Southern Kaduna attacks: 2 warring communities sign peace pact
Two communities in Jema’a Local Government Area of Kaduna State on Saturday signed a peace agreement as part of efforts to bring an end to the wanton destruction of lives and property in the area.
The News Agency of Nigeria (NAN) reports that the communities involved are Dangoma and Takau in Kannikon and Zipak chiefdoms respectively.
Speaking at the event held in Kafanchan, Mr Peter Averik, chairman of the local government, said that the peace deal was brokered following series of dialogue between the two communities.
“We met and deliberated successfully on the way forward and, thankfully, the two communities resolved to sheath their swords and give peace a chance.
“This is a milestone for us and we want to use this opportunity to let the world know that we want peace and we are for peace,” he added.
He said that the peace pact was informed by the attacks of July 24 in Zikpak which left several people dead while many houses were burnt.
“Findings revealed that the incident resulted from a misunderstanding between the two communities.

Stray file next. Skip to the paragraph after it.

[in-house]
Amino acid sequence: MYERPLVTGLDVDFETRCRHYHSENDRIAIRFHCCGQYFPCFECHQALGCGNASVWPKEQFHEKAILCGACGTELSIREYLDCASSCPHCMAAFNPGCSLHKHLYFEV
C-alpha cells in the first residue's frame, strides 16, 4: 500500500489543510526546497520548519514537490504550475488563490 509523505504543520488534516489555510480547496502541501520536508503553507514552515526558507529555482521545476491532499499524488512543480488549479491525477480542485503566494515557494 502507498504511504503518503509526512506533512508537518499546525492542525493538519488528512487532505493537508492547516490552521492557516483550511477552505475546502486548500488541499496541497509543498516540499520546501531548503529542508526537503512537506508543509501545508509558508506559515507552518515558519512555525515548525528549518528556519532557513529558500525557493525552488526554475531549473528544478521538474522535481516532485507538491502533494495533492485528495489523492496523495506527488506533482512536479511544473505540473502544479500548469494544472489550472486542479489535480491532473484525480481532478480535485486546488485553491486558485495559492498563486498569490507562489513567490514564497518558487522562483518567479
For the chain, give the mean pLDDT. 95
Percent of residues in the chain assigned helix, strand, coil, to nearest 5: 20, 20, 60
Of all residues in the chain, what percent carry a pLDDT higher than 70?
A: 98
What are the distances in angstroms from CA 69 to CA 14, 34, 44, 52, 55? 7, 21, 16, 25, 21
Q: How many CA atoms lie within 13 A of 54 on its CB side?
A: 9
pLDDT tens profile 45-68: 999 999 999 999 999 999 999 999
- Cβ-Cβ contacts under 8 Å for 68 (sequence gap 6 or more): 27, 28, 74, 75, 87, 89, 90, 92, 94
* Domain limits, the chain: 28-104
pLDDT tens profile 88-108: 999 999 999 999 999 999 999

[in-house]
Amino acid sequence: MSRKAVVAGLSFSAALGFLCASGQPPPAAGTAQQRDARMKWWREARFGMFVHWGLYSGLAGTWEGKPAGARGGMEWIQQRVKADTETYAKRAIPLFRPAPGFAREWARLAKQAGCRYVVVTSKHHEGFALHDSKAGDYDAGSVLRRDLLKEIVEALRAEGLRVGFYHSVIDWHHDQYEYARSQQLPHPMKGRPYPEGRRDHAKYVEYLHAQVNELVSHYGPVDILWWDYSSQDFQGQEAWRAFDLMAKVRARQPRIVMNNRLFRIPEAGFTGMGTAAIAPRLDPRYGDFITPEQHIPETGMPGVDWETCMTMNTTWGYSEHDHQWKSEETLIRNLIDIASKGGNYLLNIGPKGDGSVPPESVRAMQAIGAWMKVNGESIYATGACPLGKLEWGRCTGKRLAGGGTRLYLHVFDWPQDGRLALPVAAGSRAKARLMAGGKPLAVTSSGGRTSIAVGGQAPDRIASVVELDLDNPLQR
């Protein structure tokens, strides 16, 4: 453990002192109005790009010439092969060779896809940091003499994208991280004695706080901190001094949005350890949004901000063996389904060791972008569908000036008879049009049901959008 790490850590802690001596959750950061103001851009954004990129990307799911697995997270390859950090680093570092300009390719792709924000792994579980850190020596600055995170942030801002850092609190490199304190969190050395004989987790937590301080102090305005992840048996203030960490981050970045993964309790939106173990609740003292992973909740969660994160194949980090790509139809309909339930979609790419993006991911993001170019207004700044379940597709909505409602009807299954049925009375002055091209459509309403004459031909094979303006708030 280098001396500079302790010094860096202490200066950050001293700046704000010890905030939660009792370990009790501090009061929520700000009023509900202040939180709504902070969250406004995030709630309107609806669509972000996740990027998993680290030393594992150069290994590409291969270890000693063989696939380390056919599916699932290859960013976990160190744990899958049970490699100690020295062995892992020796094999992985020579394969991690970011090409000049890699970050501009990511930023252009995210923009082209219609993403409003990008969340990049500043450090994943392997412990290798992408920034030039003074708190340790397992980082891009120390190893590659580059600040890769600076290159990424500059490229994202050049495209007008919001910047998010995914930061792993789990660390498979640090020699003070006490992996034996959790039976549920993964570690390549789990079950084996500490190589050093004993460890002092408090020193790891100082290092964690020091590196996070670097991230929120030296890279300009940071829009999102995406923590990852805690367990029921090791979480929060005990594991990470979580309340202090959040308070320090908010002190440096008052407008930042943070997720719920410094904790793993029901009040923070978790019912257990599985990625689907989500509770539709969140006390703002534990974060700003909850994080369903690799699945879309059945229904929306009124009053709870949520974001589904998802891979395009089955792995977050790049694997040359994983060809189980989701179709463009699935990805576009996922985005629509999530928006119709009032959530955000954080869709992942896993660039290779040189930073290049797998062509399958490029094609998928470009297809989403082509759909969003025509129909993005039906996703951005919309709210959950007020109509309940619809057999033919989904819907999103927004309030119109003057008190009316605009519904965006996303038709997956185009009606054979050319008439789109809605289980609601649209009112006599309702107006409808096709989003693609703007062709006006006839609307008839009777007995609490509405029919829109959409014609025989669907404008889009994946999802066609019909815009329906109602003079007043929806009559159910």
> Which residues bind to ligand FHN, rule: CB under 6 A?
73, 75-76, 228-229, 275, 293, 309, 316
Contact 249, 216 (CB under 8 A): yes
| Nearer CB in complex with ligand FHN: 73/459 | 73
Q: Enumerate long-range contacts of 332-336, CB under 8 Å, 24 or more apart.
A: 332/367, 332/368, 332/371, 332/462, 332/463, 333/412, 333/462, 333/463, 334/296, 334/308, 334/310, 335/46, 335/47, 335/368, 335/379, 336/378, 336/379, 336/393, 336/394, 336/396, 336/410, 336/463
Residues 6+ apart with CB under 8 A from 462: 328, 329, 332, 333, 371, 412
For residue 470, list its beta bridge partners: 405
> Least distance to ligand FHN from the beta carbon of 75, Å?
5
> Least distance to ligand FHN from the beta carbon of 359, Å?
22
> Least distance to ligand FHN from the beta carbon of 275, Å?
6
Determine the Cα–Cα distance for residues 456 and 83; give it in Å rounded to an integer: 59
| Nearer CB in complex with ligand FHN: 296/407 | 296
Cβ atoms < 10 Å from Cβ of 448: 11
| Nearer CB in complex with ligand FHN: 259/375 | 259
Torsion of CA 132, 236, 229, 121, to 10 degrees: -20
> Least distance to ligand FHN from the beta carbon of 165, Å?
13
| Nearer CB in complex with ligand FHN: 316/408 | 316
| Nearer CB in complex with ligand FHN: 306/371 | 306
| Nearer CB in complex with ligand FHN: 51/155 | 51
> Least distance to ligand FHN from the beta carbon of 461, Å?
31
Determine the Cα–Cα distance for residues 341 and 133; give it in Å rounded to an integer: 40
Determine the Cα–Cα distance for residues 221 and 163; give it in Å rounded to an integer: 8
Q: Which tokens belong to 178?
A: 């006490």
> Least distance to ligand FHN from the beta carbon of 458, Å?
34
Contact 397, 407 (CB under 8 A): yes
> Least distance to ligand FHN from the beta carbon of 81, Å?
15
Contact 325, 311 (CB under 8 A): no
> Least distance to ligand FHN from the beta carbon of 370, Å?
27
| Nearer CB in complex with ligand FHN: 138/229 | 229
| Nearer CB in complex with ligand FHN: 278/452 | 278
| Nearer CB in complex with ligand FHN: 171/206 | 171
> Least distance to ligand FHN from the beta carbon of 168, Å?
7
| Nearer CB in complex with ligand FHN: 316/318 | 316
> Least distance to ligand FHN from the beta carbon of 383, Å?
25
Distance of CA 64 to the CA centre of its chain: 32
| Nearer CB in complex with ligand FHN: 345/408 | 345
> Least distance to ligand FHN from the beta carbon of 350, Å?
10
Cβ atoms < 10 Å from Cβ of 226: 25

“There was an attack in Zipak and we tried to get to the root of the matter and found that there was a misunderstanding between Dangoma and Takau.
“That misunderstanding may have led to the attacks and so we decided to bring the two communities together to try and iron out the issues,” he said.
According to him, the communities agreed to always resort to all available lawful means of settling disputes.
“They have agreed that all issues be resolved through the appropriate channels.
“They have also pledged to be their brother’s keeper and protect each other’s property in the event of any eventuality or unforseen circumstances,” he said.
In his remarks, Isiyaku Zaman, youth leader of Dangoma, expressed hope that the peace pact would put an end to the mindless bloodletting in the region.
Zaman vowed that all trouble makers in their midst, who violated the pact, would be fished out and made to face the full wrath of the law.
A youth leader in Takau, who also spoke, said the cost of peace was far much less than the cost of violence as no meaningful development could take place without peace.
He pledged the resolve of the youths to abide by the peace accord, adding that time had come for both sides to give peace a chance.
He commended the council chairman for his efforts at exploring ways of achieving and sustaining peaceful co-existence in Jema’a Local Government and its environs.
NAN reports that the peace pact was signed by representatives of both sides with district heads, religious leaders and security agencies serving as witnesses